Inclusive growth is a concept created to counterbalance the shortcomings of the pure market economy. As much as any other concept that pursues the same aim, its foundations rest on principles that are not always clearly expressed, sometimes for electoral reasons, sometimes out of ignorance. In the case of inclusive growth, the underpinning principle is the right of everyone to access the wealth created by the State. Policies that try to achieve inclusive growth without respecting this basic principle are bound to fail.
In Italy, if truth be told, attempts to create policies of inclusive growth are rare indeed – so rare that it is impossible to give a proper estimate of how effective they are.
It’s not just that the country figures only in 23rd position for inclusiveness in the World Economic Forum’s Europe 2020 Competitiveness Report: even though the present political class lacks the willingness to tackle the issue in a systemic way, failure to achieve inclusive growth, has been Italy’s prerogative since 1861. There are two main reasons for this: firstly, social categories or classes that would benefit more from inclusive growth are the ones typically marked with a moral stigma; and secondly, care of the needs of these categories is left to charities and organisations whose work does not receive general recognition.
If the presence of moral stigma constitutes a hurdle for the creation of inclusive growth policies – since most of the categories that need to be included in redistribution of wealth are not deemed worthy of the State’s assistance – so does the existence of charitable organisations. These have the social duty to remove and hide the unpleasant sight of people in need; without them, the State itself would have to take on the task of preserving social decorum: it would be forced to intervene.
Prostitutes, prison inmates, women who’ve had an abortion, the homeless, immigrants: when the public eye shifts its attention to such categories, the debate is always waged on the lines of good versus evil. So when the issue of prostitutes comes up, it is felt necessary to specify that some are “sex slaves” while others “freely choose” the job. The same innuendo applies to immigrants – the ones that pay taxes, the ones that steal – and to prison inmates – the good father who cannot afford food for his children and the paedophile – and so on.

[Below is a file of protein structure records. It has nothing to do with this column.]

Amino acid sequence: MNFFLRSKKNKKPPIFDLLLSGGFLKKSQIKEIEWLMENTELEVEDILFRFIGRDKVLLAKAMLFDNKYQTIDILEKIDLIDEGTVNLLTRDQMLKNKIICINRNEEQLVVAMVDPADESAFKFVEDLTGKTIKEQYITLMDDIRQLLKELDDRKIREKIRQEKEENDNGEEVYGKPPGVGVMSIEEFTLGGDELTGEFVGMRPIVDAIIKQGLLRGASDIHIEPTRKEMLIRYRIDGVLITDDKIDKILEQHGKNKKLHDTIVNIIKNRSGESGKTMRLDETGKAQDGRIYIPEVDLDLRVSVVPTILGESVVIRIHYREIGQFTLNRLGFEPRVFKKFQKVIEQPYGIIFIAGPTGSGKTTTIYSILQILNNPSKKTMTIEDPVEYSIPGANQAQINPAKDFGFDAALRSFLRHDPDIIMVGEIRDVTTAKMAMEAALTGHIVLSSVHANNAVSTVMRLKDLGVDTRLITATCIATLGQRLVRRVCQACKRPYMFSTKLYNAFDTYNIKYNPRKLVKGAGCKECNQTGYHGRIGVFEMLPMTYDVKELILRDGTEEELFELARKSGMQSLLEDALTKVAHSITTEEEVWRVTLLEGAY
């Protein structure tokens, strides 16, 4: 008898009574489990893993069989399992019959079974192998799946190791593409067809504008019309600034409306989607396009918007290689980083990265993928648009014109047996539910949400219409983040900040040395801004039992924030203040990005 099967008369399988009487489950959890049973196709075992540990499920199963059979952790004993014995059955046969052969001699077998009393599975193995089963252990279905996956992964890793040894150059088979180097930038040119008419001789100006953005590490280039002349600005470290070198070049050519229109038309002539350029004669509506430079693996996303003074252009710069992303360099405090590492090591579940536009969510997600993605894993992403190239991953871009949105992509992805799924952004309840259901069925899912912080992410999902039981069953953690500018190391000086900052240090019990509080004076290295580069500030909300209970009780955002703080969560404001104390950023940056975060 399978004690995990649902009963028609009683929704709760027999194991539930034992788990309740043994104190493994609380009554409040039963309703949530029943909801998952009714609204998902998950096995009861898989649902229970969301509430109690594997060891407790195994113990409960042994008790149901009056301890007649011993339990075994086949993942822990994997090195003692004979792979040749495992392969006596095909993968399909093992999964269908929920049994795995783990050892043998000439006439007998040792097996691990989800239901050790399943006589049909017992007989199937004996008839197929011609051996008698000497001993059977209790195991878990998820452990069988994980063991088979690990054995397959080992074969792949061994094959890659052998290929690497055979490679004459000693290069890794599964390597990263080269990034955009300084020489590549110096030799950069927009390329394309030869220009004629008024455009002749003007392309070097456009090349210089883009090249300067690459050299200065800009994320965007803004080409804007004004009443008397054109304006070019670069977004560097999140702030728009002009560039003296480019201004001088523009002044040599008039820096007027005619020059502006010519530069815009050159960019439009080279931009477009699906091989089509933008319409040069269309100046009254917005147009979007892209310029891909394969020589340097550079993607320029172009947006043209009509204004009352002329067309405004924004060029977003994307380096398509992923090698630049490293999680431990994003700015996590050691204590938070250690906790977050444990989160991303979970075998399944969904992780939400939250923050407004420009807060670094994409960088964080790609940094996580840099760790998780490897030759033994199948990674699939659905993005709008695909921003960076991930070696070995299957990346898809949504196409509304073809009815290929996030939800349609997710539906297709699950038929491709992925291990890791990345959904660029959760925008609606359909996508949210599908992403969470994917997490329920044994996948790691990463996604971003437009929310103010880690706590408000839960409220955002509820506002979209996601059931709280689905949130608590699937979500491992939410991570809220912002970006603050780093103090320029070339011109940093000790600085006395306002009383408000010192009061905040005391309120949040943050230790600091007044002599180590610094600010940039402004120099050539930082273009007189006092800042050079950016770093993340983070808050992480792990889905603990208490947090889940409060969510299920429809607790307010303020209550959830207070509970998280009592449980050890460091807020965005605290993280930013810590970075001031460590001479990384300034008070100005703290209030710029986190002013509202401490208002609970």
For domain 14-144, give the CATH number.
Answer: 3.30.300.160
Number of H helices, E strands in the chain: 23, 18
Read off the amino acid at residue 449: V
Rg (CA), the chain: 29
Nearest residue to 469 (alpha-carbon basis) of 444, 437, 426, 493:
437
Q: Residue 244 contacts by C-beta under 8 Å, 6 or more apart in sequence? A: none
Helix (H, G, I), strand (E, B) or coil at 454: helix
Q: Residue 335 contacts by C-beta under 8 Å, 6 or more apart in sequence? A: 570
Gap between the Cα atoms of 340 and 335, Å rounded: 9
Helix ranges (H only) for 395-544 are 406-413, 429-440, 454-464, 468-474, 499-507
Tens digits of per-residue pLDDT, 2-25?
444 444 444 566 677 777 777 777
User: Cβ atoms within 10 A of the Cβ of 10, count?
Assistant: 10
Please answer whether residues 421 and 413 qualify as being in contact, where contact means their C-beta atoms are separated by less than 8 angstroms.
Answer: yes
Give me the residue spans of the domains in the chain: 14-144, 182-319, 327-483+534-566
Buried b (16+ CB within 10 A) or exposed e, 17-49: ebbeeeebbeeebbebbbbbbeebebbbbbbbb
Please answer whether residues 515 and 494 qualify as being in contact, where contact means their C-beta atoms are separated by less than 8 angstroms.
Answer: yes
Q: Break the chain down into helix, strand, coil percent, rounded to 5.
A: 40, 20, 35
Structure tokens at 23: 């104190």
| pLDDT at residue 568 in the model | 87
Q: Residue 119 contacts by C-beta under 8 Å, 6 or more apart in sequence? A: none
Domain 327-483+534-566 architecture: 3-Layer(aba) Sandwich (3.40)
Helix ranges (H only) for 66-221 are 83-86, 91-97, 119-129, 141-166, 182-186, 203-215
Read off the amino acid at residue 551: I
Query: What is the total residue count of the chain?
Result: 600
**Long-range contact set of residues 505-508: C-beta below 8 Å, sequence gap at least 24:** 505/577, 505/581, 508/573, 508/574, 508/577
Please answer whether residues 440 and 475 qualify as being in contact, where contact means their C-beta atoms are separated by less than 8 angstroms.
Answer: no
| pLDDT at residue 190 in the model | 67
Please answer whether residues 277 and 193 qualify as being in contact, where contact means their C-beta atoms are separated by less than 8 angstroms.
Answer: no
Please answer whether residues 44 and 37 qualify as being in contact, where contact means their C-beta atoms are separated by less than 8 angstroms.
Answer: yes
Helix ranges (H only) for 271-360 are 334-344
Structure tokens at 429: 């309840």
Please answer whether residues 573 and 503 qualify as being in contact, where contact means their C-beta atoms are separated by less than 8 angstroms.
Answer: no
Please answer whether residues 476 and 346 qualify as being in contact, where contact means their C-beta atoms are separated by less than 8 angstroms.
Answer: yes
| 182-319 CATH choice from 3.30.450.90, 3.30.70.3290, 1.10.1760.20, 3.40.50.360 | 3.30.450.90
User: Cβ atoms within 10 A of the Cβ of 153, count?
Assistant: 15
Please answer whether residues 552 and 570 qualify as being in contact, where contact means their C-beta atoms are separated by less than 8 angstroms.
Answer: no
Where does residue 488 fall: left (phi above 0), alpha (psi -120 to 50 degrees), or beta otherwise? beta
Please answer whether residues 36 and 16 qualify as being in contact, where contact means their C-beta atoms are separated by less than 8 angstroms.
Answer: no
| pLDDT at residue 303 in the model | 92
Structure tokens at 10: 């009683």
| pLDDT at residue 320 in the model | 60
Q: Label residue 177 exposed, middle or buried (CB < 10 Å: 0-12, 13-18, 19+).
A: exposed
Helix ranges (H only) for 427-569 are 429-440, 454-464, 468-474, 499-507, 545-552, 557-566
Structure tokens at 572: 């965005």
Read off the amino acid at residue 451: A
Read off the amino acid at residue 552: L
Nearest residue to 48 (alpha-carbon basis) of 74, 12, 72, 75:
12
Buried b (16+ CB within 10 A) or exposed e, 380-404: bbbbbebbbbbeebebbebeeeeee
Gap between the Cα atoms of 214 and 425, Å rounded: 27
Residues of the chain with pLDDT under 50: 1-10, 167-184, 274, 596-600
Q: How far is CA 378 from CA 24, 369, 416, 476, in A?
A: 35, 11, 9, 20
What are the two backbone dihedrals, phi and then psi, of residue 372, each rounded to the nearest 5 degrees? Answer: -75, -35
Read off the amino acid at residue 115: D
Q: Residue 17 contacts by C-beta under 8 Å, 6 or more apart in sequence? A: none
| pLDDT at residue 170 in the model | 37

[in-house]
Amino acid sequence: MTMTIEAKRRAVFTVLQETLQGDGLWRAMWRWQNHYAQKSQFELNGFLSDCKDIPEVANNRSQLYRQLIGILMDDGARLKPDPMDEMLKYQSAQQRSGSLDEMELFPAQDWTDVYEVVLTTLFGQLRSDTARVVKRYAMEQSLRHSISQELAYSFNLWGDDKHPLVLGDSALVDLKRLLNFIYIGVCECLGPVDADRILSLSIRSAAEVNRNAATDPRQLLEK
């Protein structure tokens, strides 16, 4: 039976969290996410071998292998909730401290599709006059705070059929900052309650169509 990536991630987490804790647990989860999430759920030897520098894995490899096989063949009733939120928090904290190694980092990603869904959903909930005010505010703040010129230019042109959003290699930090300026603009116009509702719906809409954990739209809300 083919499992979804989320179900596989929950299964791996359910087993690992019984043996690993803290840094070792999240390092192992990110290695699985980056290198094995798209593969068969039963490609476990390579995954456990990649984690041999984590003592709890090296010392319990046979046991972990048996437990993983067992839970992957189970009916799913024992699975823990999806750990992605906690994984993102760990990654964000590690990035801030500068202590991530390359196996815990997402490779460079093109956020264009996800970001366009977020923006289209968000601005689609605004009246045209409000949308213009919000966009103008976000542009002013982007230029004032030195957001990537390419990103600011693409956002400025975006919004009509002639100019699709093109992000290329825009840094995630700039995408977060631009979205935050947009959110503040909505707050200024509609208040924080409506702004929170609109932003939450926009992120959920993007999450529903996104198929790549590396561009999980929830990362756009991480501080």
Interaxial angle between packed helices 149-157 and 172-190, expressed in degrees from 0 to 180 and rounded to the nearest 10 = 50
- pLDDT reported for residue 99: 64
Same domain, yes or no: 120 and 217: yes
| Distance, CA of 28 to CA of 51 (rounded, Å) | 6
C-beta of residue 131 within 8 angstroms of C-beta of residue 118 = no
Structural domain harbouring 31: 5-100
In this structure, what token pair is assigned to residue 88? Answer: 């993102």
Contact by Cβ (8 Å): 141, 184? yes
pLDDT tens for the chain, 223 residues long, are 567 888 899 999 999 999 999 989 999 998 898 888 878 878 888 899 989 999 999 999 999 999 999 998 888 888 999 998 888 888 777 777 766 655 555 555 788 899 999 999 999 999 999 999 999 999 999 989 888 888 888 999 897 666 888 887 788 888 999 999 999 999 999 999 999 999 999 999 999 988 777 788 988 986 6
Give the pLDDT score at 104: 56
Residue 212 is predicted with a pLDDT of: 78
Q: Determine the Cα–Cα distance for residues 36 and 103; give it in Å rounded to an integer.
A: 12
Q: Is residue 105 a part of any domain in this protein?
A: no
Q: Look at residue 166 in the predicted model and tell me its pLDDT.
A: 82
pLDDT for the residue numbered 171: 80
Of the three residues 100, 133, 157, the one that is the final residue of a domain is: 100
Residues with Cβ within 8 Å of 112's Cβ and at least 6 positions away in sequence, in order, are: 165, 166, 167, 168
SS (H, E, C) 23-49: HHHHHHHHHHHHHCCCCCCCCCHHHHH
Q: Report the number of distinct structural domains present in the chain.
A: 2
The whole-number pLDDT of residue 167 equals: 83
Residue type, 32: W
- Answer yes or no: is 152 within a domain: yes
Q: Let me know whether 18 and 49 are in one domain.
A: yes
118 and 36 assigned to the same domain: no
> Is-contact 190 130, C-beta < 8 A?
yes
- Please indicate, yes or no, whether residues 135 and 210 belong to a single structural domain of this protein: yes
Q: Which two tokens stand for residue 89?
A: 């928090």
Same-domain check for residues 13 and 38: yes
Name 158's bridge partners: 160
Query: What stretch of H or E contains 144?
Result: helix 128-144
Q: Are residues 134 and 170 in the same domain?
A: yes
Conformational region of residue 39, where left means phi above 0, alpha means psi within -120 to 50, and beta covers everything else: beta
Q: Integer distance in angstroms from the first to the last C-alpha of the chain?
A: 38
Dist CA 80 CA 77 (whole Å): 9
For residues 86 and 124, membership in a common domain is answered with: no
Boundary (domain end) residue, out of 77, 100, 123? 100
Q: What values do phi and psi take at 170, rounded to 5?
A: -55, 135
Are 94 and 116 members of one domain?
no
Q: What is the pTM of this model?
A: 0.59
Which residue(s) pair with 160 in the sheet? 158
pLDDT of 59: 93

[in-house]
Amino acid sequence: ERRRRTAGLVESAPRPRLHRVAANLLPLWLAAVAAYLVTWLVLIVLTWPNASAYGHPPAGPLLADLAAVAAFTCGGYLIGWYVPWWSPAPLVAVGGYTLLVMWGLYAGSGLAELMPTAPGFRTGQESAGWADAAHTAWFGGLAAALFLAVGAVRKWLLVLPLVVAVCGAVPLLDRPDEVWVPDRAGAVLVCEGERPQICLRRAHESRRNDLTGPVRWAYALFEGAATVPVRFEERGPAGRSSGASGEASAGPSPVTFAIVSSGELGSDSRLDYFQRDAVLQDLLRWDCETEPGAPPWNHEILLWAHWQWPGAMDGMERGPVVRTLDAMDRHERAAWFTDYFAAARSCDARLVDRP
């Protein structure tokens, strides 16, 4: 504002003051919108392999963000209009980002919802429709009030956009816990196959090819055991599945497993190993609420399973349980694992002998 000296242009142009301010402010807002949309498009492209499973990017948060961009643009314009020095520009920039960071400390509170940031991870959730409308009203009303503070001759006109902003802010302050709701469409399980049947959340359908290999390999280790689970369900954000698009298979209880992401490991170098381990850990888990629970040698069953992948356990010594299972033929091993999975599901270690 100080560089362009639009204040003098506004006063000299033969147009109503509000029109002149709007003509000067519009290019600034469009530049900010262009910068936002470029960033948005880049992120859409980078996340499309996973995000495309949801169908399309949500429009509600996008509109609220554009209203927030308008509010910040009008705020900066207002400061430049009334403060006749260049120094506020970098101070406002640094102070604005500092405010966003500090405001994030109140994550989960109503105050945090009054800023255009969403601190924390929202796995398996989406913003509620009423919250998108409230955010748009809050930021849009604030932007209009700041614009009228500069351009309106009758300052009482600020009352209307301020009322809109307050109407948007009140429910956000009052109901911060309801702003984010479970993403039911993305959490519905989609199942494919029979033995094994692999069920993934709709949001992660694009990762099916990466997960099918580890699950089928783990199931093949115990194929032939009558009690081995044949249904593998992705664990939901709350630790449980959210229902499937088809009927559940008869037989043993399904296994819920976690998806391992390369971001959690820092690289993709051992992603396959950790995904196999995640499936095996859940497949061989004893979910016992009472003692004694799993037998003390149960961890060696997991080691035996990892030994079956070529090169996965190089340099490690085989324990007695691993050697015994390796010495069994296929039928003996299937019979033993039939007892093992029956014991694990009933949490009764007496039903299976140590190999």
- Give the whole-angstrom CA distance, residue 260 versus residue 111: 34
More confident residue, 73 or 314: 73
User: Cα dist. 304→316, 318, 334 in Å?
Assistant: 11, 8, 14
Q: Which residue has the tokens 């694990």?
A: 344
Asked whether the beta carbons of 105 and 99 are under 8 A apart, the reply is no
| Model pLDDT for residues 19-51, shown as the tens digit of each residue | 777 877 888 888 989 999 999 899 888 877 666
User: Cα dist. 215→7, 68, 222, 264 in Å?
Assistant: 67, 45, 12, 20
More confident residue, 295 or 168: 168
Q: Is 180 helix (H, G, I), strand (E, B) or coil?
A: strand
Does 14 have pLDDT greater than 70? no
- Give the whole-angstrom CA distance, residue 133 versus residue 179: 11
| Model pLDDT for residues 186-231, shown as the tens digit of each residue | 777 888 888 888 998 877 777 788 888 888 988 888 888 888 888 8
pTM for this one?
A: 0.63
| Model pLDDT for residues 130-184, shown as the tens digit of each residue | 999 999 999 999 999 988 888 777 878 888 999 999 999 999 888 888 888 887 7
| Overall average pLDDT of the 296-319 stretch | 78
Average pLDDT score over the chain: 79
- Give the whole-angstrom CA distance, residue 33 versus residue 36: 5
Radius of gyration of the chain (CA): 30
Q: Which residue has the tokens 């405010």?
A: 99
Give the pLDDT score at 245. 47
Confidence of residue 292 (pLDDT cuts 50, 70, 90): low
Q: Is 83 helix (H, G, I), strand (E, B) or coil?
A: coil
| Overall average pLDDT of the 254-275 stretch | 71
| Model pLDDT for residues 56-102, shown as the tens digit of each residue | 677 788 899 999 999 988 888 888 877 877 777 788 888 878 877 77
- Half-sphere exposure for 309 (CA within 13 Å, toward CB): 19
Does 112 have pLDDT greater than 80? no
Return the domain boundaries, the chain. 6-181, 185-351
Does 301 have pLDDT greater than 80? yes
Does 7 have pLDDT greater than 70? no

While it is inevitable in opinionated Italy that individual Italians will pass judgement, the good/evil dichotomy penetrates and colors the very policy-making process of the State, rendering it incapable of granting the same rights and opportunities to everyone. Indeed, one of the functions of the State is to preserve society by punishing felonies in courts, but this is the limit of the State’s jurisdiction. It is the private citizen’s concern to judge if the person found guilty is good or evil, what the State should do is attend to their needs.
Here lies the most problematic aspect for Italy: the State does not serve society as a whole, but only the winning part. A serious analysis of how the system we live in creates winners and losers, and of how the two cannot exist without each other has never been made in Italy. As winners can only be winners if there are also losers, it is the State’s duty to look after both. The ease with which the ‘losers’ are labelled as “evil” rather indicates a willingness to attribute their situation to free choice or a state of nature, thus clearing our societal conscience of any responsibility.
The debate on whether brothels should be reopened or not (they were closed in 1958) offers a prime example of this. Concerns about the age of the women and girls, their security in terms of sexual health and protection from rapists are seldom at stake here; what figures most in the debate is the disgust of people who see them on the streets.
How can inclusive growth be pursued in a country where some people are considered more worthy of help than others? There should be no difference in the eyes of the State between a prostitute and an orphan. Inclusive growth fails in Italy because it is not sought for all those that need it.